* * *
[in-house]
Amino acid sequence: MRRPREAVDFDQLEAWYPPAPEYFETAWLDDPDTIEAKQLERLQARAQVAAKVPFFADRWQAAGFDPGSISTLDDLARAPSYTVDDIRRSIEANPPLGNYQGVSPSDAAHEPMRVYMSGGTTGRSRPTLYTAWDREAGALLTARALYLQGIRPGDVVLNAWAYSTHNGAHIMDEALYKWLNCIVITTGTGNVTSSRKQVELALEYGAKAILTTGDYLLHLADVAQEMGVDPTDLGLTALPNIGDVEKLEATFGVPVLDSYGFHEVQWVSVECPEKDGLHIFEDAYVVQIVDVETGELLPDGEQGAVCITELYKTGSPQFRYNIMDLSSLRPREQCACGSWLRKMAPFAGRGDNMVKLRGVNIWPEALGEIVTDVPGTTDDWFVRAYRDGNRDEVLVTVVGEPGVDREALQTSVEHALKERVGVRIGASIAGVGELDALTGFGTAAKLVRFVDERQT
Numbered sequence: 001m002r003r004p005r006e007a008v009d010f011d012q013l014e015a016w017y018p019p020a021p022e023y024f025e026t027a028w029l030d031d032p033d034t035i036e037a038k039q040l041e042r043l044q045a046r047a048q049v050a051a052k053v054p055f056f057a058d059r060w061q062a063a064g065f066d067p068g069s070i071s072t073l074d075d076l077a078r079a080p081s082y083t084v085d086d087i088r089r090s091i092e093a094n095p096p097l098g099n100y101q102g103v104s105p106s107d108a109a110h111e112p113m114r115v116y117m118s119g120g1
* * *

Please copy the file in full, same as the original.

[in-house]
Amino acid sequence: MRRPREAVDFDQLEAWYPPAPEYFETAWLDDPDTIEAKQLERLQARAQVAAKVPFFADRWQAAGFDPGSISTLDDLARAPSYTVDDIRRSIEANPPLGNYQGVSPSDAAHEPMRVYMSGGTTGRSRPTLYTAWDREAGALLTARALYLQGIRPGDVVLNAWAYSTHNGAHIMDEALYKWLNCIVITTGTGNVTSSRKQVELALEYGAKAILTTGDYLLHLADVAQEMGVDPTDLGLTALPNIGDVEKLEATFGVPVLDSYGFHEVQWVSVECPEKDGLHIFEDAYVVQIVDVETGELLPDGEQGAVCITELYKTGSPQFRYNIMDLSSLRPREQCACGSWLRKMAPFAGRGDNMVKLRGVNIWPEALGEIVTDVPGTTDDWFVRAYRDGNRDEVLVTVVGEPGVDREALQTSVEHALKERVGVRIGASIAGVGELDALTGFGTAAKLVRFVDERQT
Numbered sequence: 001m002r003r004p005r006e007a008v009d010f011d012q013l014e015a016w017y018p019p020a021p022e023y024f025e026t027a028w029l030d031d032p033d034t035i036e037a038k039q040l041e042r043l044q045a046r047a048q049v050a051a052k053v054p055f056f057a058d059r060w061q062a063a064g065f066d067p068g069s070i071s072t073l074d075d076l077a078r079a080p081s082y083t084v085d086d087i088r089r090s091i092e093a094n095p096p097l098g099n100y101q102g103v104s105p106s107d108a109a110h111e112p113m114r115v116y117m118s119g120g1